The BJP declared that it received Rs 405.52 crore in 33 donations from the trust, while the Congress submitted that it received Rs 23.90 crore in 13 donations.
The second highest corporate donor to the Congress and the BJP was the Bhadram Janhit Shalika Trust. In 10 donations, it contributed Rs 41 crore to these parties.
Nature of work of some large donors not known
ADR said out of the Rs 985.18 crore donated by the corporate sector to the national parties in the two years, Rs 22.59 crore came from the unsegregated category. These are companies whose details are not available online or whose nature of work is unclear.
The group also said the analysis revealed that electoral trusts were the biggest donors to the national parties, contributing Rs 488.42 crore in the two year period.
The real estate sector was the second highest overall contributor in FY 2016-17, contributing Rs 49.94 crore. In FY 2017-18, the manufacturing sector was the second highest overall contributor, donating Rs 74.74 crore to the national parties.
PAN, address, internet info of many donors not available
A crucial aspect flagged by ADR is that while submitting details about the donations to the Election Commission, the political parties did not fulfil the mandatory condition of disclosing the PAN details and address of the donors.
It said there were a total of 916 donations, through which national parties received Rs 120.14 crore, where the address details were not provided in the contribution form. Likewise, the national parties received Rs 2.59 crore through 76 donations for which the PAN details were not provided.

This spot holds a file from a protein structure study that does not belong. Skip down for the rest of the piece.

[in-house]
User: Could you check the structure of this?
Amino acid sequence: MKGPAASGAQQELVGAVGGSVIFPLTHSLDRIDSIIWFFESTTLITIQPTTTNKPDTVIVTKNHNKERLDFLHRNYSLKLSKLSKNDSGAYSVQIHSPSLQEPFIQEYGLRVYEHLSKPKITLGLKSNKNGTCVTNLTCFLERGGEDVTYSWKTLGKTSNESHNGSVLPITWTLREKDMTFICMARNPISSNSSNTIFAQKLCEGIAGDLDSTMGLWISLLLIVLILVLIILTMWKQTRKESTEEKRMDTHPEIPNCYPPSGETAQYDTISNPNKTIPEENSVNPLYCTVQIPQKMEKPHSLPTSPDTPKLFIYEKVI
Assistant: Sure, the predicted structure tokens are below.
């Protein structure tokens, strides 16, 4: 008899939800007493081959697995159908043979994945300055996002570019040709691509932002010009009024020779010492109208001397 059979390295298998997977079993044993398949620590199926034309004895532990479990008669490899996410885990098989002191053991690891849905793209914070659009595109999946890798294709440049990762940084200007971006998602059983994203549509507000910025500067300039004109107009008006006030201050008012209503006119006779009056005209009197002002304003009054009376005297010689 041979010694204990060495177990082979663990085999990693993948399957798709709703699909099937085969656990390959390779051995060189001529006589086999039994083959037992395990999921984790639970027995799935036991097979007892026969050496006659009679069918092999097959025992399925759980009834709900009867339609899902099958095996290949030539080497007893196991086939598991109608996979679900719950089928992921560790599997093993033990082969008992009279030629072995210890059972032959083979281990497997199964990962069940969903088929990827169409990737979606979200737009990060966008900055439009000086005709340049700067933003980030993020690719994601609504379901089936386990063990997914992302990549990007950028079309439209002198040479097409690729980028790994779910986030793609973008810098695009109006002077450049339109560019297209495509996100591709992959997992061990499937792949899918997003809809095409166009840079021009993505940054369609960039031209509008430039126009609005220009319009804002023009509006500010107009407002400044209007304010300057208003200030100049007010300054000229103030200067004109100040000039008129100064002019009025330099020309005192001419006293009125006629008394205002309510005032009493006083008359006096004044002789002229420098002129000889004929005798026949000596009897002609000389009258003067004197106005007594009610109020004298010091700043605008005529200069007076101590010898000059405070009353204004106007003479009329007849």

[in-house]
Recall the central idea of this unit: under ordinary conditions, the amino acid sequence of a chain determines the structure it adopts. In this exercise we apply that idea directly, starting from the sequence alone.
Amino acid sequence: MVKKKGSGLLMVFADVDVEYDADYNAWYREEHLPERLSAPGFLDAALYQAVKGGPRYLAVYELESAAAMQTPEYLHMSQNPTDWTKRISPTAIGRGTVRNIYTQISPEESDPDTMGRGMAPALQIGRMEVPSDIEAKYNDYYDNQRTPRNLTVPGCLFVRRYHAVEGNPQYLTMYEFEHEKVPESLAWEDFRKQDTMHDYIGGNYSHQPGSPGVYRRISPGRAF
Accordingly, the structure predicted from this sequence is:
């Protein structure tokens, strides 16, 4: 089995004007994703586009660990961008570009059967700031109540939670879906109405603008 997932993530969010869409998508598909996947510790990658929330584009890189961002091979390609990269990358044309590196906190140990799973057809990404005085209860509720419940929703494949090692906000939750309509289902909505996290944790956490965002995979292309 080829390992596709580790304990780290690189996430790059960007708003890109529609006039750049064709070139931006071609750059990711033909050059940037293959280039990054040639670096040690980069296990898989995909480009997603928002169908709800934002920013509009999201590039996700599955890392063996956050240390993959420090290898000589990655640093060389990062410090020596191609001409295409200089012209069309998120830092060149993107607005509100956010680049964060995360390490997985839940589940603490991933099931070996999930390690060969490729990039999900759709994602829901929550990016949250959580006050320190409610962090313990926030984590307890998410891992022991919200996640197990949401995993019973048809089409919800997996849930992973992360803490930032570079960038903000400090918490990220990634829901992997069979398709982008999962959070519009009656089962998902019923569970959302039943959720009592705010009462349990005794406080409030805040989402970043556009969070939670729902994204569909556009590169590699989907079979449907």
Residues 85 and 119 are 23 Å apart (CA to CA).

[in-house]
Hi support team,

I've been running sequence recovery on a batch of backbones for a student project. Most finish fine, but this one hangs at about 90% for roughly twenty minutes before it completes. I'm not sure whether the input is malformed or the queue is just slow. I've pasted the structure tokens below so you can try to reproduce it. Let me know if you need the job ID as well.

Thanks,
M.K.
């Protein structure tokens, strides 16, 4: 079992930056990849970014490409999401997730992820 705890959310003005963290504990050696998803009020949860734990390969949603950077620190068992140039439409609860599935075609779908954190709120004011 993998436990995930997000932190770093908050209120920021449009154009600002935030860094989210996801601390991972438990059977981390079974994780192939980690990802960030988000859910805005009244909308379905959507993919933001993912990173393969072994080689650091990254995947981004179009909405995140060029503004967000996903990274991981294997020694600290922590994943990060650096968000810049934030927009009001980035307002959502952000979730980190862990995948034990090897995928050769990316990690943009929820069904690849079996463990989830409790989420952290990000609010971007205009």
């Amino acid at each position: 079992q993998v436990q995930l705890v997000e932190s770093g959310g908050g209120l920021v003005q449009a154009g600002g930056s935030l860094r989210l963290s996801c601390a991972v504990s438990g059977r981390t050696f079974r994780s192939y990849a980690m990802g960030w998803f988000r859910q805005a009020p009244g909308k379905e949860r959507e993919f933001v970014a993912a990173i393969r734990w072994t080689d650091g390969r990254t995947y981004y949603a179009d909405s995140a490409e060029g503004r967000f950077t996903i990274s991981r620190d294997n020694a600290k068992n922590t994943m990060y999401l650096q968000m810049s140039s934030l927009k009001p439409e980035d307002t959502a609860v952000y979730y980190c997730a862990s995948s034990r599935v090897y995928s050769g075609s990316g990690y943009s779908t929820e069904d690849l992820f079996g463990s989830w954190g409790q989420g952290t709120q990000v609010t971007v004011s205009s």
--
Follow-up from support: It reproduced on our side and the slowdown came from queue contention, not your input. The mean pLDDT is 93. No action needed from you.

Interestingly, 98% of donations without PAN and address details went to the BJP.
The association said that the national parties also received Rs 22.59 crore in 347 donations from corporate entities which have no internet presence or whose nature of work is not known.
‘Make parties return funds for which disclosure is incomplete’
In view of these discrepancies, ADR has made a number of recommendations. It said the Supreme Court judgment of September 13, 2013 laid out that no part of a candidate’s affidavit should be left blank. “Similarly, no part of the Form 24A submitted by political parties providing details of donations above Rs 20,000, should be blank.”
ADR has demanded that all those donating Rs 20,000 or more should provide their PAN details, record date of donation and submitted in Form 24A. Parties who do not submit the donation statement to the ECI should be heavily penalised and their income should not remain tax exempt.
The organisation has also stated that if parties did not obtain the PAN or address details of corporate donors, the ECI should make the parties return the amount “to deter them from providing incomplete information”.
It also suggested that corporate donors should make details of their political contributions available in the public domain through their websites. The group also suggested that the Central Board of Direct Taxes should scrutinise annually the donations received by all national, regional and unrecognised parties to discourage donations from shell companies or illegal entities.